Dive into Grand Cayman's pristine waters

Me diving in Grand Cayman (Photo by Rick Lambert)

Me diving in Grand Cayman (Photo by Rick Lambert)

June 8, 2019 | by Adam Hunter

In April, I went on a week-long scuba diving trip to Grand Cayman with 12 other members of a Toronto-based scuba diving club I belong to. While I had been diving in the Caribbean Sea several times before this trip, this was my first time doing it in the pristine, crystal-clear waters surrounding the Cayman Islands.

We did two to three dives daily, each lasting about 40 minutes to an hour, and went to depths of between 15 and 33 metres. During our dives, we had incredible encounters with many marine species.

Lighthouse Wall

Probably my favourite dive of the week was at a dive site called Lighthouse Wall. This site is so named because of the nearby lighthouse and the massive, 20-metre tall underwater rock wall covered in various corals and sponges.

Throughout the dive, I felt like I was flying alongside a mountain. As I was swimming along the wall, looking for any critters hiding in crevices, I turned my head and spotted a seven-foot-long reef shark! I couldn’t contain my excitement, as this was my first time seeing a wild reef shark. I instantly began following the majestic creature, hoping to get as close to it as possible while still keeping a respectful distance. After a couple of minutes, it disappeared into the blue.

The reef shark we saw on the dive (Video by Rick Lambert)

The USS Kittiwake

Diving next to the USS Kittiwake (Photo by Rick Lambert)

Diving next to the USS Kittiwake (Photo by Rick Lambert)

Our eighth dive of the week was a shipwreck dive. As this was my first time doing this type of dive, I was thrilled! The 77-metre-long USS Kittiwake was originally used in World War Two. After the U.S. donated the ship to the Cayman Islands in 2010, it was intentionally sunk to create an artificial reef.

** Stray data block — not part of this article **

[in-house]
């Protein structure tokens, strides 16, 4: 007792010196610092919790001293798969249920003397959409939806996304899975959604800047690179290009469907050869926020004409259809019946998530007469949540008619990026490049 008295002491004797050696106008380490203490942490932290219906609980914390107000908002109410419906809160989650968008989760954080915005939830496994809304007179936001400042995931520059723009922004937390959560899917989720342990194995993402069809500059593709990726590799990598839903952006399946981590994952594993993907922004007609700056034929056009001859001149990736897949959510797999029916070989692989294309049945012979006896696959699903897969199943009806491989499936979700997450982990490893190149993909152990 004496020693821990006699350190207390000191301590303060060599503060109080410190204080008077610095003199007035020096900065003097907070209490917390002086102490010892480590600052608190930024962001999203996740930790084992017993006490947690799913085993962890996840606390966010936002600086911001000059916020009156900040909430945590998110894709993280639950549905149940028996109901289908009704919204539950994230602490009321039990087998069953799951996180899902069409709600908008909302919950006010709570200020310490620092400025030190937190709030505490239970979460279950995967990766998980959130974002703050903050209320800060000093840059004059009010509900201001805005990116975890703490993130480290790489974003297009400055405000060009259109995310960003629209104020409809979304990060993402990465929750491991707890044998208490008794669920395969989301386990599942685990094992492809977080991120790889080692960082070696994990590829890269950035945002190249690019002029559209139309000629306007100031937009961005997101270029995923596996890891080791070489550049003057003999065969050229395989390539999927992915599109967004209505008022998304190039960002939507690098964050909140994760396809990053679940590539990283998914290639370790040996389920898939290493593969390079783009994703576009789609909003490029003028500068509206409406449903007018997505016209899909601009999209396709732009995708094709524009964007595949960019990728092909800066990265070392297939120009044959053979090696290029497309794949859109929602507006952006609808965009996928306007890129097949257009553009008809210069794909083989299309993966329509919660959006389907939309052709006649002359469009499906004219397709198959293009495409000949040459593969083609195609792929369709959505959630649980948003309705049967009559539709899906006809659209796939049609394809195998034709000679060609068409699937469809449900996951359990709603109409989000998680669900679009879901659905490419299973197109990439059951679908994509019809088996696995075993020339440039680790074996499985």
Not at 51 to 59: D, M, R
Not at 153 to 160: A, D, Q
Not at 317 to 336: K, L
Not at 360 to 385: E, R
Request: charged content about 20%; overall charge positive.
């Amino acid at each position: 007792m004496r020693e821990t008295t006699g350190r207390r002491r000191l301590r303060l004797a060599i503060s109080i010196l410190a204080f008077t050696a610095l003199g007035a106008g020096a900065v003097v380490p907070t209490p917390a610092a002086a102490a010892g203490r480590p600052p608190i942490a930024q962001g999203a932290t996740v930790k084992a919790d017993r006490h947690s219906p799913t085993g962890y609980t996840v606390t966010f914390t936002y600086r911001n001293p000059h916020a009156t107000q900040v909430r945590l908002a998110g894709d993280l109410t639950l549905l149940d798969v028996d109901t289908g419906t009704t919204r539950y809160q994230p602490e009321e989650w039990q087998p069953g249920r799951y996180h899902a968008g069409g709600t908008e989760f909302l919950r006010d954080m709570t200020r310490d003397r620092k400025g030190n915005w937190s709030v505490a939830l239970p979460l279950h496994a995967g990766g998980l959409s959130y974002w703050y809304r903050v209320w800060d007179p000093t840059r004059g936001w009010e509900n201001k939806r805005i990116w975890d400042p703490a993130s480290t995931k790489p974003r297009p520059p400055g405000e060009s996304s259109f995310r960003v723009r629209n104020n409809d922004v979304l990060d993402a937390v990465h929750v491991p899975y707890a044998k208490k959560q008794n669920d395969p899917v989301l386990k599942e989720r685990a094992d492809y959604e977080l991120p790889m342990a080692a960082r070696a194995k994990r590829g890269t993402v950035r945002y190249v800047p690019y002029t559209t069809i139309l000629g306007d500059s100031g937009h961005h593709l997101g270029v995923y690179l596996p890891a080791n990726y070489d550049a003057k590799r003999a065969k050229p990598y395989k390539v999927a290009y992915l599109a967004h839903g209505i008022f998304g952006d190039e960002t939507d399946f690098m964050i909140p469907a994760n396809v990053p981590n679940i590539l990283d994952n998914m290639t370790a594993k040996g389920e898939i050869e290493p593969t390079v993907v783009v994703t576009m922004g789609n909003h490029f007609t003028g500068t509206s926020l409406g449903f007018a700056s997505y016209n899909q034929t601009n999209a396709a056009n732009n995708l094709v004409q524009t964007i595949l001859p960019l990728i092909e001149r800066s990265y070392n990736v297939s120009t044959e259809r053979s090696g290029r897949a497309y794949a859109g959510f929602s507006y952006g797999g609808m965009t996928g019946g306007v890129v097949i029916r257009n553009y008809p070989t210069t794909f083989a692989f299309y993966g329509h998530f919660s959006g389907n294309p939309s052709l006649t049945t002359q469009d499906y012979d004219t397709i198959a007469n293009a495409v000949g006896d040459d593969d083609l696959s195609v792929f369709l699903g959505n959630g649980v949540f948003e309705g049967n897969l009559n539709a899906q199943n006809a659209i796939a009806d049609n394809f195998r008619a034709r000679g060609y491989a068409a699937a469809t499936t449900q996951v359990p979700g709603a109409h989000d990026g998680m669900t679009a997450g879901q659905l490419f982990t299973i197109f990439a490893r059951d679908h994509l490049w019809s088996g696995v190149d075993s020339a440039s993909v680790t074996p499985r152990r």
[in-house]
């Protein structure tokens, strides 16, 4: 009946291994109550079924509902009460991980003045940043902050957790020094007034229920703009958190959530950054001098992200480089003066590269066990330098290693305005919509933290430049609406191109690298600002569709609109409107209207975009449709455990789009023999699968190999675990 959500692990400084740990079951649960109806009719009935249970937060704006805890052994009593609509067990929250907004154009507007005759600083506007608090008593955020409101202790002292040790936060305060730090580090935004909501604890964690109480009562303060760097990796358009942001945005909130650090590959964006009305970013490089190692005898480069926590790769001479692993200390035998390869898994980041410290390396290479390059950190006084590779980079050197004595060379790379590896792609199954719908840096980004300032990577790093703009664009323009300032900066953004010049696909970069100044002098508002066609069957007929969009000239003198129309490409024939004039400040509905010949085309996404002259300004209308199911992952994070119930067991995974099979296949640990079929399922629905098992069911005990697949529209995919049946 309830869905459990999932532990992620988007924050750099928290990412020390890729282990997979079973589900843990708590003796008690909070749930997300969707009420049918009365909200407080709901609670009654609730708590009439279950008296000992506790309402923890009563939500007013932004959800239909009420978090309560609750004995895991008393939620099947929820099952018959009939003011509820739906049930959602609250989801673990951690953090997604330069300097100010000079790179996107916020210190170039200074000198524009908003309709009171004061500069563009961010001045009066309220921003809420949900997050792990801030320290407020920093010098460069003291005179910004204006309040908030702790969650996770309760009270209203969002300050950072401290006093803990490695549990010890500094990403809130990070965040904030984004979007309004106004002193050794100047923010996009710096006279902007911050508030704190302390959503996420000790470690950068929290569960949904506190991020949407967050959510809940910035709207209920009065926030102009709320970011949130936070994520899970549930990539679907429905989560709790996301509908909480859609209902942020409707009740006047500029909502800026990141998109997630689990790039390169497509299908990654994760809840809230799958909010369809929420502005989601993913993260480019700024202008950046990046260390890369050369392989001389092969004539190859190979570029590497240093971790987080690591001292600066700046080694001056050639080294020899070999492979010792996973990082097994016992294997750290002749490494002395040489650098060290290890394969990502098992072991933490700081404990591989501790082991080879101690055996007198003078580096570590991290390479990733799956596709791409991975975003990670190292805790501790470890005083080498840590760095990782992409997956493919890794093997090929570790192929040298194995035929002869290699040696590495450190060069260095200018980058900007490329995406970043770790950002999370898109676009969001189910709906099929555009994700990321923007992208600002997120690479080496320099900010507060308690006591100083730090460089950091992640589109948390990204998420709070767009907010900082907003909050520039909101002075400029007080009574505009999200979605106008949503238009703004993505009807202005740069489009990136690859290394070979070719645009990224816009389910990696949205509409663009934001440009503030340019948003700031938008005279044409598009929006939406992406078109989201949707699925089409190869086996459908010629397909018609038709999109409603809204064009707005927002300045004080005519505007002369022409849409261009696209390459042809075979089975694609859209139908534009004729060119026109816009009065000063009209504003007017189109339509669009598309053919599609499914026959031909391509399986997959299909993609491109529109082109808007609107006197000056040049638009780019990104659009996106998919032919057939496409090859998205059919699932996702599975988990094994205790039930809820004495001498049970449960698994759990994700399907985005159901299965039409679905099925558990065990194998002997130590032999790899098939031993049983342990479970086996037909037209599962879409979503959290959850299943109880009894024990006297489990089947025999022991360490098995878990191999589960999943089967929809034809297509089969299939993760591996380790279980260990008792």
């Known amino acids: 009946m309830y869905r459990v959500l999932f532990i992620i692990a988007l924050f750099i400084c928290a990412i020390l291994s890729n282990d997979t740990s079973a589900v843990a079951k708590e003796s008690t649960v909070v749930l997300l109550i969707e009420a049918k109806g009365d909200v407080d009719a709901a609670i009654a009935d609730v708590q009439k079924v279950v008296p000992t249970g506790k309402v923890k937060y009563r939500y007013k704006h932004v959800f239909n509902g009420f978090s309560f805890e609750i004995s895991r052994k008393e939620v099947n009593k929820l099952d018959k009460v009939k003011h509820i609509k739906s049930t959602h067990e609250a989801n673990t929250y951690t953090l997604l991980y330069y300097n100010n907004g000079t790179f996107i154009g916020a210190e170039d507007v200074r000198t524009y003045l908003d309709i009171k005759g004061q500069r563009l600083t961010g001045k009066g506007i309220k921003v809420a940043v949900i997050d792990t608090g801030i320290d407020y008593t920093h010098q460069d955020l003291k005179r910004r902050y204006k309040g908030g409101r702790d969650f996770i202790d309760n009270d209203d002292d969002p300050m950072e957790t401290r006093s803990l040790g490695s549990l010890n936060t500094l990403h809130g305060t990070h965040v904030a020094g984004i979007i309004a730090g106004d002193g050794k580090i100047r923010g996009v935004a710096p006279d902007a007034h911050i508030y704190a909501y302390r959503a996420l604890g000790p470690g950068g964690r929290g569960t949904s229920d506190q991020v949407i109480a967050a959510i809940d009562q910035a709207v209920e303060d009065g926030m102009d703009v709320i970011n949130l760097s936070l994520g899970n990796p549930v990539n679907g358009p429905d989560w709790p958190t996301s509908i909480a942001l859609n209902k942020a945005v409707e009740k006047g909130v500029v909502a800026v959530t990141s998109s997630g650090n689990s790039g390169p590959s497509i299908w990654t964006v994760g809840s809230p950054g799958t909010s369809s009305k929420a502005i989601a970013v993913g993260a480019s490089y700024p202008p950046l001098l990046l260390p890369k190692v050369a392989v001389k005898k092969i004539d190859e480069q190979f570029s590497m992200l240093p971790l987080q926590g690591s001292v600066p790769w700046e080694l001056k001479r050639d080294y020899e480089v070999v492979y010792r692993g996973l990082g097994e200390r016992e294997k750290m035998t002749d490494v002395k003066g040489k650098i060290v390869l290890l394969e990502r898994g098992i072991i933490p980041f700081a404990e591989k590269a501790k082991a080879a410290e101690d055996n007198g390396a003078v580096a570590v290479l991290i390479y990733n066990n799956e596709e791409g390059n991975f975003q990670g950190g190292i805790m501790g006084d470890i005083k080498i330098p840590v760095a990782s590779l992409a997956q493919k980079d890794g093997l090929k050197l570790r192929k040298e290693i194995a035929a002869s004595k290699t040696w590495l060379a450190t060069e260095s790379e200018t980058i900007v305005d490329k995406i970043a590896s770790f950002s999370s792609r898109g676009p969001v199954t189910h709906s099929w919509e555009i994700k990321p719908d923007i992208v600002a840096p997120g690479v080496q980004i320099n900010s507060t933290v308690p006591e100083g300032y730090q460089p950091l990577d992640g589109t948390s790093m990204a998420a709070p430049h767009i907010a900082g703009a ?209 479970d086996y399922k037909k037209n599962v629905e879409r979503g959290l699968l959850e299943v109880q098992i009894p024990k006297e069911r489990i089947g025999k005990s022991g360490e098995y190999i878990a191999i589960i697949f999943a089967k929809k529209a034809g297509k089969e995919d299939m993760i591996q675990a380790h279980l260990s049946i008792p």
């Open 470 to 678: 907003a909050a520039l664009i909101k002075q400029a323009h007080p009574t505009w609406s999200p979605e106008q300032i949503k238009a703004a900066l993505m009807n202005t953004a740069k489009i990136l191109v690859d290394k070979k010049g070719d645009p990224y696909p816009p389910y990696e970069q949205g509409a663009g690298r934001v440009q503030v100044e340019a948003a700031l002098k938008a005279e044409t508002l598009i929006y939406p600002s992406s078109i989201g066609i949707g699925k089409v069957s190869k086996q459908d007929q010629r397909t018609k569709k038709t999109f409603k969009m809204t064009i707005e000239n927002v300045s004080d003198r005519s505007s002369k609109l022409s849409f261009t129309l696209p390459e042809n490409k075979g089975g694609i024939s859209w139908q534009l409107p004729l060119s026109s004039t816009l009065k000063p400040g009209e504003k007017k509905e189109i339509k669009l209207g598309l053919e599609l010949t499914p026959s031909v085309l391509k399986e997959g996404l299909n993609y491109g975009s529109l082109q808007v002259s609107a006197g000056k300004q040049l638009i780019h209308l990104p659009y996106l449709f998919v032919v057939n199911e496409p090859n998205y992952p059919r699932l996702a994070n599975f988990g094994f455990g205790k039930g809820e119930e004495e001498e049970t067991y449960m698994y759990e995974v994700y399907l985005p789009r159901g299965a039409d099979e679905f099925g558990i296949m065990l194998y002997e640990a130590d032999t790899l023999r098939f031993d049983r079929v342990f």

After descending, we briefly swam around the ship and snapped some photos. We then followed our dive guide through a narrow passageway into the vessel’s interior. Because the ship was tilted slightly, I felt somewhat disoriented going through its narrow passageways into its dark rooms, but the adrenaline rush made the experience worth it.

After we left the ship, I noticed hundreds of tiny, slender creatures popping their heads out of holes in the surrounding sand. I dove down to take a closer look and identified them as garden eels. When I got too close, however, they quickly retreated into their holes. 

Swimming around the USS Kittiwake (Video by Rick Lambert)

A dive into darkness

On my sixth day, I did my first night dive. We left the resort at sunset and travelled for a few minutes by boat to reach the site. The dive staff gave us special flashlights that had regular, black and red light settings.

With our flashlights on, we entered the pitch-black water. Tons of sea anemones were anchored to the reef and glowed bright green or purple when we shone our black lights on them.

A sea anemone glowing purple when we illuminated it with a black light (Video by Rick Lambert)

As my dive buddy and I further explored the reef, we came across a small, blue-coloured octopus, which quickly changed colour as a defense mechanism and hid in a tiny rock crevice. Before our dive, one of the dive guides told us that if we wiggled one of our fingers in front of an octopus, it might wrap one of its tentacles around it. My dive buddy and I both tried this, but the octopus just wasn’t interested. During this dive, we also saw a stingray and spotted moray eel.

Coral reef (Photo by Madison Busker)

Coral reef (Photo by Madison Busker)

My only complaint about this dive was the swarms of bloodworms (don’t worry they’re not as scary as their name suggests). Attracted to the light from our flashlights, these tiny red worms swarmed around us, reminding me of underwater gnats; harmless, but annoying.

Overall, I thoroughly enjoyed diving in the waters surrounding Grand Cayman. Diving is my favourite way to immerse myself in nature, and I strongly encourage fellow nature lovers to try it. I like to think of it as “underwater hiking” because, like hiking, it involves exploring natural areas.

Unfortunately, many of the world’s coral reefs are in trouble. Experiencing them has helped me better appreciate their biodiversity and the need to protect them.

Adam Hunter (Photo courtesy of Adam Hunter)

About the Author

Adam Hunter is the editorial coordinator at the Nature Conservancy of Canada.

Read more about Adam Hunter.

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